This migrant daytime flying moth arrives in Britain from southern Europe and northern Africa from April onwards. It can be seen hovering in front of flowers from which it feeds with its long proboscis. Eggs are laid on Ladies Bedstraw, Madder and Hedge Bedstraw and caterpillars may be found between June and October. Mick Farmer did well to capture this photograph of the moth feeding.
Hummingbird Hawk-moth, Bewdley, 2 June 2017 ©Mick Farmer
The December Moth flies between late October to early January. The adults come to light and can sometimes be seen in the morning on house walls when lights have been left on overnight. The female lays her eggs on the twigs of broad-leaved trees. The overwintering eggs hatch in April when the caterpillars feed on the buds and new young leaves.
December Moth, Button Bridge, 7 December 2016 ©Jon Cartwright
Buff Tip moth eggs are laid in batches on various deciduous tree species. The caterpillars feed gregariously in the summer and often defoliate whole branches. The ones shown here are feeding on Hornbeam.
Buff Tip moth caterpillars on Hornbeam, Bliss Gate, 6 September 2016 ©Rosemary Winnall
The Mocha moth visited Oliver Wadswoth’s light trap on the Study Group’s evening meeting on 20th August 2016. This is a new moth species for Wyre so we were all very pleased to see it. The larvae feed on Field Maple which only occurs occasionally within the Forest.
Mocha, New Parks, 20 August 2016 ©Rosemary Winnall
This beautiful and impressive moth is on the wing this month. The larvae live inside small branches of various deciduous trees, taking up to 3 years to mature. The adults are nocturnal and cannot feed, so need to reproduce speedily when they emerge. The males (as seen here) have impressively large comb-like antennae so that they can pick up the pheromone scents of emerging females. These moths are attracted to light but can sometimes be seen during the daytime resting on tree trunks.
Leopard Moth, Bliss Gate, 19 July 2016 ©Rosemary Winnall
This moth is one of 5 species of primitive Micropterix micromoths which are unusual in having chewing mouth parts with which they eat pollen. We don’t find Micropterix aureatella very often in Wyre, although it is probably overlooked at just 4mm long. This one was found feeding on hawthorn blossom, but we have also found them on Bilberry plants.
Micropterix aureatella, Longdon pipe track, 3 June 2016
The much commoner Micropterix calthella is often seen feeding on the pollen of buttercups in May and June, sometimes several moths to one flower.
Micropteryx calthella, Bell Coppice, 21 May 2016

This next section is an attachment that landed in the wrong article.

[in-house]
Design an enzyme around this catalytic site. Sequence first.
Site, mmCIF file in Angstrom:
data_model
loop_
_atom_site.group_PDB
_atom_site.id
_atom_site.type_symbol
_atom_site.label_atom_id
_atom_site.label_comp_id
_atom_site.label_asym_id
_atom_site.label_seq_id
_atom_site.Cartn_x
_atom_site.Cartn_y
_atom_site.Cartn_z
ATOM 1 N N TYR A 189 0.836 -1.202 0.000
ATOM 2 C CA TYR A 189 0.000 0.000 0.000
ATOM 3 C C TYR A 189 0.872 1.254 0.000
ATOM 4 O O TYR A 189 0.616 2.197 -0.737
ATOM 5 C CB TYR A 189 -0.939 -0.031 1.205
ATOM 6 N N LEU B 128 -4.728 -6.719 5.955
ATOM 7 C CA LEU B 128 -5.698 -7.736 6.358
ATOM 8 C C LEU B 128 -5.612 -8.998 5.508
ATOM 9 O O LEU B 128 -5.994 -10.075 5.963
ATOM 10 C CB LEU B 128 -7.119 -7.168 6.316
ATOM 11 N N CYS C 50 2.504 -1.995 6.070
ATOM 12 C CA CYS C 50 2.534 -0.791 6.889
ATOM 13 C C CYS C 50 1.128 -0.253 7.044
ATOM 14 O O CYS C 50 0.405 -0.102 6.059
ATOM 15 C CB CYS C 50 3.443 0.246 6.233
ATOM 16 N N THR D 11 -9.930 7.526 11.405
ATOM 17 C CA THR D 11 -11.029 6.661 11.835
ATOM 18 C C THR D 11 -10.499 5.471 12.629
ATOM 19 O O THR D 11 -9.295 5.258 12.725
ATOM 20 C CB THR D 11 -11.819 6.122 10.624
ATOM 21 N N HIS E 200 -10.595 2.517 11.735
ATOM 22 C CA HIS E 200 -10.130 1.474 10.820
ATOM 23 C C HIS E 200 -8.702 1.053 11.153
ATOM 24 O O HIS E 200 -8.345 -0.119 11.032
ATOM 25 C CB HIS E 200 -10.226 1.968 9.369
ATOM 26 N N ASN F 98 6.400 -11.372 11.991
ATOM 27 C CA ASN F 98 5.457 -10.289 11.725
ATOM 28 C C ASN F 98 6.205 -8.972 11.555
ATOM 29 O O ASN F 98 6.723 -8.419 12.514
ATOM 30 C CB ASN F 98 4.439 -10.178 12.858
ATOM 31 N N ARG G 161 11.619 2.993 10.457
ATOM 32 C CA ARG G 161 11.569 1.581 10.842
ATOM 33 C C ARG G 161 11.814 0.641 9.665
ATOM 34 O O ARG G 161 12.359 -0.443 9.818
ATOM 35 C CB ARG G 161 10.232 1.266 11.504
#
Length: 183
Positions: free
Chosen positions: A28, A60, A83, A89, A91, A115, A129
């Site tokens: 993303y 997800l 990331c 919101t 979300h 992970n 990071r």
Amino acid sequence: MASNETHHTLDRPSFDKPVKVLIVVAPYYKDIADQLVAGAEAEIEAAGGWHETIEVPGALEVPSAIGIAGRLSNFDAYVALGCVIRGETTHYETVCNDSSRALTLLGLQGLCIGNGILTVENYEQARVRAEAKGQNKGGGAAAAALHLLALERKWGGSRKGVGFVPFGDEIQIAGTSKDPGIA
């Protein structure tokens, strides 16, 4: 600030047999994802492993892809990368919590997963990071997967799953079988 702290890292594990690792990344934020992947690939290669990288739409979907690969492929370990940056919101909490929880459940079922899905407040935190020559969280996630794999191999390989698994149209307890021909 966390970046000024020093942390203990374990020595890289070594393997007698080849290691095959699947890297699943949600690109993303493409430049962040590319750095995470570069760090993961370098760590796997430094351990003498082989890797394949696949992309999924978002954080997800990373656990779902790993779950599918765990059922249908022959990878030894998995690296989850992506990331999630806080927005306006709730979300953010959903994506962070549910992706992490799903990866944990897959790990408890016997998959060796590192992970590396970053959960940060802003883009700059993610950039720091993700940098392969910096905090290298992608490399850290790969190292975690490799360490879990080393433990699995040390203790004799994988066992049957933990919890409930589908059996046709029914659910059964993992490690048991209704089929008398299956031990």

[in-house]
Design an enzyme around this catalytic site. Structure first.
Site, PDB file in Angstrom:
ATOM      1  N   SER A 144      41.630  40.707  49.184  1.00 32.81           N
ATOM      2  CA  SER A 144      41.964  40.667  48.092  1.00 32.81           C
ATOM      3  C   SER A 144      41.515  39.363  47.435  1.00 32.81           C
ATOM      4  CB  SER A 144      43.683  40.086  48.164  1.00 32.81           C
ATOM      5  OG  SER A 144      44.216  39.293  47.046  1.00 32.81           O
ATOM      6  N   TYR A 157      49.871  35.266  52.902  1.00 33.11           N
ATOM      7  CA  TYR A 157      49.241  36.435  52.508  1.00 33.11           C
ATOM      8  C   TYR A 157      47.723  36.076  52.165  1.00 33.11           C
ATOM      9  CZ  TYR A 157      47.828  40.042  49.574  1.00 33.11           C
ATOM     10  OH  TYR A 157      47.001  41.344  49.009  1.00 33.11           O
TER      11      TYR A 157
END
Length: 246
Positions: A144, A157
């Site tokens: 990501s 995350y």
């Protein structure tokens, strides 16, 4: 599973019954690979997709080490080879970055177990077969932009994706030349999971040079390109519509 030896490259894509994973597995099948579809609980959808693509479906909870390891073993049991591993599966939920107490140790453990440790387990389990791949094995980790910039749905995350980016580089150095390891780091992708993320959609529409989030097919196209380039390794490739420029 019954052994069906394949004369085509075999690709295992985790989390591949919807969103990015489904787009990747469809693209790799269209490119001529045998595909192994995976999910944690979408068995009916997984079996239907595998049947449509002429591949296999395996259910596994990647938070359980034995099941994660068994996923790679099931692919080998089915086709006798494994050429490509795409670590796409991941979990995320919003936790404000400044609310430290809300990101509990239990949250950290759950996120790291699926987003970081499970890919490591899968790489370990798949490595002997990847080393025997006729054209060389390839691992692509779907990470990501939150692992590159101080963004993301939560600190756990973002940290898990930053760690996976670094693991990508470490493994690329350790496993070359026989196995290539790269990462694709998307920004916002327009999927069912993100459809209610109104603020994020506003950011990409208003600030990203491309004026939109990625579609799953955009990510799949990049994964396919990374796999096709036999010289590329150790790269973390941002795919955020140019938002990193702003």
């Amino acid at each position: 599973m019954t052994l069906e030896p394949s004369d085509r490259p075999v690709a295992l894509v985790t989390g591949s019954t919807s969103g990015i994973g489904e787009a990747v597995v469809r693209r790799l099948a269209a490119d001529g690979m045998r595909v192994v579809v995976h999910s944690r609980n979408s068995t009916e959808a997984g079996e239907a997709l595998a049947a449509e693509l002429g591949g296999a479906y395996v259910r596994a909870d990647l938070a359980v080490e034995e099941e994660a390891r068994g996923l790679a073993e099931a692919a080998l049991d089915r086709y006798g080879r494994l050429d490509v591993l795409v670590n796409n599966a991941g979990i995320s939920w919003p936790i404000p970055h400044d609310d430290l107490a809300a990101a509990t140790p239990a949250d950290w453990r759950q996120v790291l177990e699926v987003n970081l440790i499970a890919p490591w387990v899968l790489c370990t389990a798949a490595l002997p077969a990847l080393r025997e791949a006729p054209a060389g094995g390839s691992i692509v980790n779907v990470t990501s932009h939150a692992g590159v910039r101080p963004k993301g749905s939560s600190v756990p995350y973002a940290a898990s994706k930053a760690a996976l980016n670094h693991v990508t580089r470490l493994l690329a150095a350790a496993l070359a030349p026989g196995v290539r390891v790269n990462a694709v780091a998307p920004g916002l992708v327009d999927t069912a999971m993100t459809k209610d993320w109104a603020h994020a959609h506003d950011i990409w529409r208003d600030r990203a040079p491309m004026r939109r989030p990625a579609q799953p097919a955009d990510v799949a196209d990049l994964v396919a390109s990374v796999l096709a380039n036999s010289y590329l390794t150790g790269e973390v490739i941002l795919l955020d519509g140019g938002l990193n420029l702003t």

Steve Horton kept an Elephant Hawkmoth pupa over the winter and the adult emerged on 17th May 2016. Steve is perplexed with the apparent ‘eyespot’ that seemed to follow him as he moved. He’d not seen this before and wondered about the anatomy of the compound eye. Is this just the result of reflections from some of the facets, or something else?
Elephant Hawkmoth, 17 May 2016 ©Steve Horton
Elephant Hawkmoth, 17 May 2016 ©Steve Horton
Mick Farmer has sent me his attractive photographs of a Brimstone moth (Opisthograptis luteolata) and a Brimstone butterfly (Gonepteryx rhamni) both of which were found in his Bewdley garden recently. The moth flies at night and there are 2 generations a year. The caterpillars feed on leaves of Blackthorn, hawthorns and a few other species, and they overwinter either as caterpillars or as pupae. The Brimstone moth caterpillars feed on Alder Buckthorn in the Wyre area so it is always worth planting one or two of these shrubs in your garden to attract this beautiful daytime flyer. The adults hibernate overwinter.
Bimstone moth, Bewdley, 29 April 2016 ©Mick Farmer
Brimstone butterfly, Bewdley, 3 May 2016 ©Mick Farmer
The beautiful Angle Shades moth is usually on the wing between May and October. Although it can be found in any month of the year, it is unusual to find it in January – an indication of the unseasonably warm winter weather we have been having. Jon Cartwright found this on his house wall on 14th January 2016. Although the caterpillars usually pupate in the soil, I have seen an adult emerge in April from a hole in a wall that has crumbly lime mortar.
Angle Shades moth, Button Bridge, 14 January 2016 ©Jon Cartwright
Jon Cartwright photographed this Spring Usher that found its way into his hallway! He was able to have a good look at it before releasing it outside. The male is quite variable in colour and the female is flightless with just tiny wing stumps.
Spring Usher, Button Bridge, 25 February 2015 ©Jon Cartwright